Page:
Sandbach Steampunk Market visit
April 2017 marks the 30th anniversary of when the word steampunk first appeared in print form in a note to Locus magazine by author KW Jeter. You will have no doubt noticed that to celebrate we’ve been throwing things at readers for the past month. Not content with doing only that, Phoebe has been visiting the huge International Steampunk Symposium. I, on the other hand, decided to do something a little quieter and opted for the very first Sandbach Steampunk Market.
Please click on the links for the people listed here and have a look at their websites or give them a like on social media. After all, steampunk is all about supporting each other so let’s keep it that way.
Sandbach is located in Cheshire, roughly 6 miles north of Crewe and 30 miles south of Manchester. It’s a moderately sized market town with a good night life and interesting historical areas. The market was held on the upper floor of the restored Town Hall. There were plenty of signs from the town centre that ensured I found my way to the market. For a first time, the room was packed with traders. There also seemed to be a wide variety of things to buy as well. The event organiser, David, had done well with a balanced amount of traders.
Traders at Sandbach
There were a couple of familiar faces in the crowd such as Laurian Gray’s Wardrobe and Stuart at Rock & Goth Enterprises. They’re both regulars in the North and are respected throughout the area. I also met with a number of traders who were relatively new to the scene and are establishing themselves. Take Historical Haberdashers, for example. Flabber Harrison has roots in the re-enactment community and has recently found steampunk. Using his skills from his re-enactment experience, he now produces fantastic pewter buttons – some with moving parts – badges, braces, hand-made waistcoats and his stall was brimming with various bits and bobs to compliment steampunk clothing.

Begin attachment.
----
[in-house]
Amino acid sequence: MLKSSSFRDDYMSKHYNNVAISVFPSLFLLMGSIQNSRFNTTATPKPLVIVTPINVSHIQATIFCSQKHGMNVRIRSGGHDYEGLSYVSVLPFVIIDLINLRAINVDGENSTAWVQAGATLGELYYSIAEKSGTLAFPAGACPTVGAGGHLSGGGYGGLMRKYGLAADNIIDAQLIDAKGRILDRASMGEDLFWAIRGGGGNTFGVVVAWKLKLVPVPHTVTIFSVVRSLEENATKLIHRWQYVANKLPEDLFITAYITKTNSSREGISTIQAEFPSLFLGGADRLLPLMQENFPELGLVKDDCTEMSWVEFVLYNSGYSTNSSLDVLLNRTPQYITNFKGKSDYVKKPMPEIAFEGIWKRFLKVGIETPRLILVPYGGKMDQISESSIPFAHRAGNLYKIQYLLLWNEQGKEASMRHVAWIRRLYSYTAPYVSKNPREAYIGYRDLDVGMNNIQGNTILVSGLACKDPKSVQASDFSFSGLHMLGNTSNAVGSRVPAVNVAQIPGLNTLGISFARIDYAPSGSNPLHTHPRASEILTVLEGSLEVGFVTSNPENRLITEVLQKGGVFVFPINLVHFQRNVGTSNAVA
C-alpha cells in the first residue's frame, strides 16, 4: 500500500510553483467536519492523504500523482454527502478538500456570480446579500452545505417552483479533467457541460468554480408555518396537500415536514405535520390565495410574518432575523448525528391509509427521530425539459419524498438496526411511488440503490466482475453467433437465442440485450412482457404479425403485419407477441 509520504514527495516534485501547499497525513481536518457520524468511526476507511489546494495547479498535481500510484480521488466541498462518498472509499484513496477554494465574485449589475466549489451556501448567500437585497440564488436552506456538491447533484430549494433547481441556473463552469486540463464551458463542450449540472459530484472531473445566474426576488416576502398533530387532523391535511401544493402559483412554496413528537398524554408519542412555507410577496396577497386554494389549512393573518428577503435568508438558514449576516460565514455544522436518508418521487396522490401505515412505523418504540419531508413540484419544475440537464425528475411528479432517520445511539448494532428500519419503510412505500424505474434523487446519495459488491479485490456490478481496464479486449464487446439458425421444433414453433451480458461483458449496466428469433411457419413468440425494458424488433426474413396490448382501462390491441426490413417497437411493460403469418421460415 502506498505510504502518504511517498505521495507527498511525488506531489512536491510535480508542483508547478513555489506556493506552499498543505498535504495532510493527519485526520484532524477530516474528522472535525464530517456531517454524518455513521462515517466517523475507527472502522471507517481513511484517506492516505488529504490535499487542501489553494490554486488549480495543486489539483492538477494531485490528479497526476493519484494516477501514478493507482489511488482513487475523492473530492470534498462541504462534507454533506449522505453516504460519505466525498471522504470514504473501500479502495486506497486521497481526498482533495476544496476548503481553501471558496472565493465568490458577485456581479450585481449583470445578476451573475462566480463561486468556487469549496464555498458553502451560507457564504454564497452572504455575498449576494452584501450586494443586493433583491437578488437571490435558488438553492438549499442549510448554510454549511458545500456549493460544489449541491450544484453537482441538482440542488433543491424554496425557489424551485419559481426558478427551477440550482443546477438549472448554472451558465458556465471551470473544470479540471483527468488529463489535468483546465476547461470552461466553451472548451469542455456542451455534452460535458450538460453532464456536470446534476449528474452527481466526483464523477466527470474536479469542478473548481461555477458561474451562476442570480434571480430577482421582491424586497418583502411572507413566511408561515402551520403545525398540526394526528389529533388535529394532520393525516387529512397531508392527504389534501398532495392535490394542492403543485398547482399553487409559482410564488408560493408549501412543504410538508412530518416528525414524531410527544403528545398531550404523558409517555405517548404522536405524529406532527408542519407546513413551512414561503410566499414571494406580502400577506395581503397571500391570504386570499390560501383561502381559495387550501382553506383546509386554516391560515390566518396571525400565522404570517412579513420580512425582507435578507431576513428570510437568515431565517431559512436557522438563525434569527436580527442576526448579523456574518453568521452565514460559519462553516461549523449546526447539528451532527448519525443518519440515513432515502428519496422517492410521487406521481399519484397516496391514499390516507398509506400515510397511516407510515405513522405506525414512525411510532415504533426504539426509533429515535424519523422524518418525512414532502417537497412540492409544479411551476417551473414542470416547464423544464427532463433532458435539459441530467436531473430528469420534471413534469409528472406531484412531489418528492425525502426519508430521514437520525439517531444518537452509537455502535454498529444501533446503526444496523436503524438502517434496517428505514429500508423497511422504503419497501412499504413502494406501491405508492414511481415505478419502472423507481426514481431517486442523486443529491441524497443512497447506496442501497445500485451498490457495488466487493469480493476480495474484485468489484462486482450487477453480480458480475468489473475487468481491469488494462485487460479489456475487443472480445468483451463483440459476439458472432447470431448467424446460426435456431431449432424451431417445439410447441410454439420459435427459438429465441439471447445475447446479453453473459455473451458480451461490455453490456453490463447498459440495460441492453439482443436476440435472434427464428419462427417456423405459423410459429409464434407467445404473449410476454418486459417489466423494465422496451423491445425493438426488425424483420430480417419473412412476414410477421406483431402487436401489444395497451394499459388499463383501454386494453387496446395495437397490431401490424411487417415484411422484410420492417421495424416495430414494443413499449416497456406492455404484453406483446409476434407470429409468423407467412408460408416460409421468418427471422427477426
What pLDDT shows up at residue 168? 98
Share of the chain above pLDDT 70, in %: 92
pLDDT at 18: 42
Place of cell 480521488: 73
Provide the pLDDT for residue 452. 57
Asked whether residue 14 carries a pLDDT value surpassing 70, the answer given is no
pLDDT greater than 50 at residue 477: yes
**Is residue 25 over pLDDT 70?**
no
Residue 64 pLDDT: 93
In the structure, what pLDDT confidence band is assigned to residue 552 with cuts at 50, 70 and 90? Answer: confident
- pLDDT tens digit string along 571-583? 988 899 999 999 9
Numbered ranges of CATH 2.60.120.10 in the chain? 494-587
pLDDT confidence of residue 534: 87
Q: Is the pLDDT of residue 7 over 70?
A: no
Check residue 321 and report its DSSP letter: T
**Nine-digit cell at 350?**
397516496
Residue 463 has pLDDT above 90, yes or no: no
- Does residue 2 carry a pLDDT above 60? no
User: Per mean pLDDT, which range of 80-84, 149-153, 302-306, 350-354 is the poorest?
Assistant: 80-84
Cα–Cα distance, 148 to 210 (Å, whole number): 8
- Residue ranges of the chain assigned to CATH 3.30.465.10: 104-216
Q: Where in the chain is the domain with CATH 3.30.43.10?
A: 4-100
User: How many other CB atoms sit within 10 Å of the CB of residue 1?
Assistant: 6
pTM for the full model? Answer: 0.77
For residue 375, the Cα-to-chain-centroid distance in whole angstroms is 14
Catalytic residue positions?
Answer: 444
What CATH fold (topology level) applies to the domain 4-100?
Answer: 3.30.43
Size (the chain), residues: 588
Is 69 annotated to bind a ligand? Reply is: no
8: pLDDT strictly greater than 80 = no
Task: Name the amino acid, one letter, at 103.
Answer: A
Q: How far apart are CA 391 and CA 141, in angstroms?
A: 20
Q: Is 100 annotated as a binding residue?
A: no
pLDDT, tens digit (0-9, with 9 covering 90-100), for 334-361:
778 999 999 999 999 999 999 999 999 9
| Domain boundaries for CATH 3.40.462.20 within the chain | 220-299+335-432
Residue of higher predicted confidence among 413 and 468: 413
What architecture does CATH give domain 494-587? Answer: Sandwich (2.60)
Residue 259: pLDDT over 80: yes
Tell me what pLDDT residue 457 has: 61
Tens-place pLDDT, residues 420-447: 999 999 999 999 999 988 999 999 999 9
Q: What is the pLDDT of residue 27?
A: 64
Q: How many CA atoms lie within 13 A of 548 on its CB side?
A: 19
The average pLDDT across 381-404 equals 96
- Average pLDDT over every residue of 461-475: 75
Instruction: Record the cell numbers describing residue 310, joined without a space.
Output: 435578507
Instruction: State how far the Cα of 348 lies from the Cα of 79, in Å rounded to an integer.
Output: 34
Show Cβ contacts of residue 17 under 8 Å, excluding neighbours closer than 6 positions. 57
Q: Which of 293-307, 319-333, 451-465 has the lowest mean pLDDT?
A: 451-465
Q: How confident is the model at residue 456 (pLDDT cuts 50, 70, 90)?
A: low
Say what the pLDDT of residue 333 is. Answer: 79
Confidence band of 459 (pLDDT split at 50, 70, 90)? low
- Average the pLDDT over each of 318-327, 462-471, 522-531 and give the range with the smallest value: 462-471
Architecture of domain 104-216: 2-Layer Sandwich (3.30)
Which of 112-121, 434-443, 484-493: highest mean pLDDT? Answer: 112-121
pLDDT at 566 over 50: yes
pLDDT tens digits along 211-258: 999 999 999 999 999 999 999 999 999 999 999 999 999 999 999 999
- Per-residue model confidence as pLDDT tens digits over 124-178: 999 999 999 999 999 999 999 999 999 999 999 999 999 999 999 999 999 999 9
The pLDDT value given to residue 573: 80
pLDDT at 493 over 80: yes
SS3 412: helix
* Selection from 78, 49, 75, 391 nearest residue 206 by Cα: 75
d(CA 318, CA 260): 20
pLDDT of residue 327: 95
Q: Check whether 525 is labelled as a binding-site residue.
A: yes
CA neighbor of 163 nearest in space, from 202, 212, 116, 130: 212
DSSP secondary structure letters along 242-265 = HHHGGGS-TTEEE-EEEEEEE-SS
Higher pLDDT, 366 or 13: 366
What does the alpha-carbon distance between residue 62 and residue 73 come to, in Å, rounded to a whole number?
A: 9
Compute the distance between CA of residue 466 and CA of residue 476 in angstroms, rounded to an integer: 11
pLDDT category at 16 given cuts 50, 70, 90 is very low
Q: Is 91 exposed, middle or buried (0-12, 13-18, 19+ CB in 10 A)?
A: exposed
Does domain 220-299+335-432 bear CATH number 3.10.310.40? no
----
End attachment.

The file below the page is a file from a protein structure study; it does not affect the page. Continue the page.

Just across from him was Phil from Albion Artifacts who I’ve met previously at the Barnsley Apothecarium. Next to Phil was Kevin from Steampunk Relics. Kevin has an uncanny knack of finding the nicest toy pistols to modify. Once he’s painted them he varnishes them to ensure that the paint doesn’t come off easily. He also had a number of Cybermen heads that he’d given a steampunk makeover and a number of bespoke canes – most notable were the ones with bone sockets.
Good Fairy, Bad Fairy is a similar stall that also sold hand-made clothing, personalised handkerchiefs, badges and other paraphernalia. Looking on their Etsy page (link to the left), the pricing of the items they sell is very reasonable. For example, you could pick up a Van Helsing style overcoat for just £95.